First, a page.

A singer’s green room is the loneliest place in the world

A singer’s green room is the loneliest place in the world


norman lebrecht

May 24, 2014

In timely fashion, after the week’s furore over singers’ body-image, the Royal Opera House has released a touching and revealing backstage film of Elizabeth Watts as she prepares to sing Zerlina for the first time in Kasper Holten’s production of Don Giovanni. To get her into the role, Kasper tells her to think of George Clooney, offering to have sex.

Rooted in the west country, Liz is lonely in London (where she stays with friends) and finds no familiar faces in the first rehearsal. The director and conductor are supportive and her husband comes up to be with her but much of the time she is alone, in her head, in her role. When she falls ill, she knows she won’t be paid a penny for all the rehearsal weeks. It has to be right on the night.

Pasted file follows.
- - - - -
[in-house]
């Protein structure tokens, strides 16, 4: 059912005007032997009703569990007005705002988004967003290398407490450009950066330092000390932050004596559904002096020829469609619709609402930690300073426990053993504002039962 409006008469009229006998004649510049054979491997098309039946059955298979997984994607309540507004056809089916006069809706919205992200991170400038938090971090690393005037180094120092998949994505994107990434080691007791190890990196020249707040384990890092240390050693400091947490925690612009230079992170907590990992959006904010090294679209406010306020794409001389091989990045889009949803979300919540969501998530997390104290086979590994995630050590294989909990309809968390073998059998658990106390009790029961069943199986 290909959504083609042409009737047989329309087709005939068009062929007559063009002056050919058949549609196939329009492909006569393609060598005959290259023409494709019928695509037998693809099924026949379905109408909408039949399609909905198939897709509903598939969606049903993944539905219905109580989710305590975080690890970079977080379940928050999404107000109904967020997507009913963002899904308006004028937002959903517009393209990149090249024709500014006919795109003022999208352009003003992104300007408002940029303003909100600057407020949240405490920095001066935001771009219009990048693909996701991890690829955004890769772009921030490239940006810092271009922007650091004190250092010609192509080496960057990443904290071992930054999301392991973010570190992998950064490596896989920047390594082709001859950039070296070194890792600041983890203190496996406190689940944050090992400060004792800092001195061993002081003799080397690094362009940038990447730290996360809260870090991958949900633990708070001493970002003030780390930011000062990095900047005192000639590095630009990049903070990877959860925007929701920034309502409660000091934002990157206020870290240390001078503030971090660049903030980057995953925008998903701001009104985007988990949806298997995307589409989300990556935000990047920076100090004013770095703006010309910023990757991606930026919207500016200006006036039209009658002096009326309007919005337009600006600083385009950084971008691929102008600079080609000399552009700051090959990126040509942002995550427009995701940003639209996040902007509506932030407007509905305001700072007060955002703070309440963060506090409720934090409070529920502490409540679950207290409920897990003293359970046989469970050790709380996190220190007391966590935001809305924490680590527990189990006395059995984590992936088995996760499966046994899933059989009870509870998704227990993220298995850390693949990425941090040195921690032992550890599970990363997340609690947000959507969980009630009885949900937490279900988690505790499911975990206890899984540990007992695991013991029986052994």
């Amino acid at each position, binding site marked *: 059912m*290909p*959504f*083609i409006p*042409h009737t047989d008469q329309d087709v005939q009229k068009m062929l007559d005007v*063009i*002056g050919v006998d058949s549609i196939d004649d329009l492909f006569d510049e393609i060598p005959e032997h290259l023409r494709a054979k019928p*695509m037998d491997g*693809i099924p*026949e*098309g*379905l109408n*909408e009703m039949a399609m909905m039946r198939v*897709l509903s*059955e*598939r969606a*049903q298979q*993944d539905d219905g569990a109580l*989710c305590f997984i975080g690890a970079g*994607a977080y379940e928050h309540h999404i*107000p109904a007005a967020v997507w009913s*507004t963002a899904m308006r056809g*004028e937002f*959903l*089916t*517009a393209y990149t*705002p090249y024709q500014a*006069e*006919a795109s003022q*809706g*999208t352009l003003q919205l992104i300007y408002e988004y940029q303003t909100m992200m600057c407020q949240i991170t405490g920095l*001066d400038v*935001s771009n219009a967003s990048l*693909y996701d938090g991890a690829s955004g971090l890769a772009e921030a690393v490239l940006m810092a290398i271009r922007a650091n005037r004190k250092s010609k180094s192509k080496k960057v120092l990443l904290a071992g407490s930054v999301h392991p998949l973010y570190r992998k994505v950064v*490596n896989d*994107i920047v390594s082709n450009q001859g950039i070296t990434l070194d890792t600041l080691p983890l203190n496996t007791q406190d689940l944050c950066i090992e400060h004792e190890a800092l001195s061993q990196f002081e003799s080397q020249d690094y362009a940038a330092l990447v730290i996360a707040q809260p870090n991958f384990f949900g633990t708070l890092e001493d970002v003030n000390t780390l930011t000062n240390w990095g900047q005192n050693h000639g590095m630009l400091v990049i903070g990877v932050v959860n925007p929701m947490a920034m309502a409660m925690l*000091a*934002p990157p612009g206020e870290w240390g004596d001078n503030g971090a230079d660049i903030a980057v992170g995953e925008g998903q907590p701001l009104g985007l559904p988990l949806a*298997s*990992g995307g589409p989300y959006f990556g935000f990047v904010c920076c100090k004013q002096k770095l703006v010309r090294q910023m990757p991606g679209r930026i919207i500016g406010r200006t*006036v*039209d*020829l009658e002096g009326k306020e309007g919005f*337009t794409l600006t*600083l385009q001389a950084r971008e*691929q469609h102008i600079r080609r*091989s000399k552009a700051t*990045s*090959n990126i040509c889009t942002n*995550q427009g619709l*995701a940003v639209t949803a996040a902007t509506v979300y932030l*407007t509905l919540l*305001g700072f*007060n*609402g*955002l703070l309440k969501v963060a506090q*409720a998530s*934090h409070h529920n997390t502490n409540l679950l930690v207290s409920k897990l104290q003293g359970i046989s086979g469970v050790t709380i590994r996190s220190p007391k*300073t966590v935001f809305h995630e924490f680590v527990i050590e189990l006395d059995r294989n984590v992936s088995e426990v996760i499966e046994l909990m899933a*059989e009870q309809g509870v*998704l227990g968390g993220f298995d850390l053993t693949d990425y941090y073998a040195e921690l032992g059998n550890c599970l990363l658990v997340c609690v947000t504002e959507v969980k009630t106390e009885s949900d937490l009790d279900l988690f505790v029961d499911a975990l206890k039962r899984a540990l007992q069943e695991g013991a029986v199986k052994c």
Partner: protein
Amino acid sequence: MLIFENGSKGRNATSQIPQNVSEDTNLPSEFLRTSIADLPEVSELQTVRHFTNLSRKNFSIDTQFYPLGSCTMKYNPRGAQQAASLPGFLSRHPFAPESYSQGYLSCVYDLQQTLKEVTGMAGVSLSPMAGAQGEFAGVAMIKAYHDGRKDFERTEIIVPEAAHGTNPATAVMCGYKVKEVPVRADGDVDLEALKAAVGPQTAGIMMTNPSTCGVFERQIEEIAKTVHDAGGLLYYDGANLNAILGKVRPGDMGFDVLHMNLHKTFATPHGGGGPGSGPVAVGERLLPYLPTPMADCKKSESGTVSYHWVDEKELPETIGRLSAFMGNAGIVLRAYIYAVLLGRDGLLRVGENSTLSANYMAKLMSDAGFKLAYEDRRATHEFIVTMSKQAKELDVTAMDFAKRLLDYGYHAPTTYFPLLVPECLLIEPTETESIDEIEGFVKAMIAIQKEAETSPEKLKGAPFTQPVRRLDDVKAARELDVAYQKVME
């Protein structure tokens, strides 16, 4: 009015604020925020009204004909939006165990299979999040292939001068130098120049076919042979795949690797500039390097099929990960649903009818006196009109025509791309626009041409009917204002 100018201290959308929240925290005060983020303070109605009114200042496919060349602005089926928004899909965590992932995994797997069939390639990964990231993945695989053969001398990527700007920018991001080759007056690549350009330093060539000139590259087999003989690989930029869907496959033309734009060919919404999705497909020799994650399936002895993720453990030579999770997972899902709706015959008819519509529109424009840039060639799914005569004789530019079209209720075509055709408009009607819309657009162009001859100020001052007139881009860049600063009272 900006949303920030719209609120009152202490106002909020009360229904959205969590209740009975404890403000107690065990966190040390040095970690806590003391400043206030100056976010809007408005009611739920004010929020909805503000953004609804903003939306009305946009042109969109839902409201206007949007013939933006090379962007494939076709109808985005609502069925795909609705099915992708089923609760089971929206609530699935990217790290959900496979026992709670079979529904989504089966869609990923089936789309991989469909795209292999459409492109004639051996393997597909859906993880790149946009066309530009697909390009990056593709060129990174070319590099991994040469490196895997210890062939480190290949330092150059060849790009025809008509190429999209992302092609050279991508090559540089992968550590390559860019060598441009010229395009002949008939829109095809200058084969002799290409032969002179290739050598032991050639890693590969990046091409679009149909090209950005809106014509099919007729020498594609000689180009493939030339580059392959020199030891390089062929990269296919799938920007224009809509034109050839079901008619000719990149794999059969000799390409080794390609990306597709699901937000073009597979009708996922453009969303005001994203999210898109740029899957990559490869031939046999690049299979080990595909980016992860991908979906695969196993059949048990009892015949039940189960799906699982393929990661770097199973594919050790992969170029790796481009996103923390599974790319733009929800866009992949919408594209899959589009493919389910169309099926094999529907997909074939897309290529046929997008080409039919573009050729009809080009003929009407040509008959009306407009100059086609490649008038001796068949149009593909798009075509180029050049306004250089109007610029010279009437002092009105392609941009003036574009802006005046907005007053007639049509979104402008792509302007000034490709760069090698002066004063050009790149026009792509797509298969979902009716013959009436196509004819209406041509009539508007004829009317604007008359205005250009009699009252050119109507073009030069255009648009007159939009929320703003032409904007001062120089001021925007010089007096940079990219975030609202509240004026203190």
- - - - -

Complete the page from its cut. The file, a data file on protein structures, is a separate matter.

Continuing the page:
A pair of stage knickers have to be engineered to come off with ease.

As Elizabeth takes the long, lonely walk down to the stage, she could almost be a French countess on her way to the guillotine. Her self-possession is nothing short of heroic.

Pinny Gryllis has made one of the most penetrative films we have seen of the solitary existence of the high-flying opera singer.

elizabeth watts


  • Prewartreasure says:

    Thank you, Norman, very much for posting this link. The film itself is beautifully edited and presented, and SO informative.

    I would urge every one of your on-line music ‘family’ to take 30 minutes out of their lives: to sit quietly, click the link and share the drama with Elizabeth and the rest of the team.

  • Cambridge says:

    The film must then be a lot better than Holten’s ghastly production. A complete waste of time.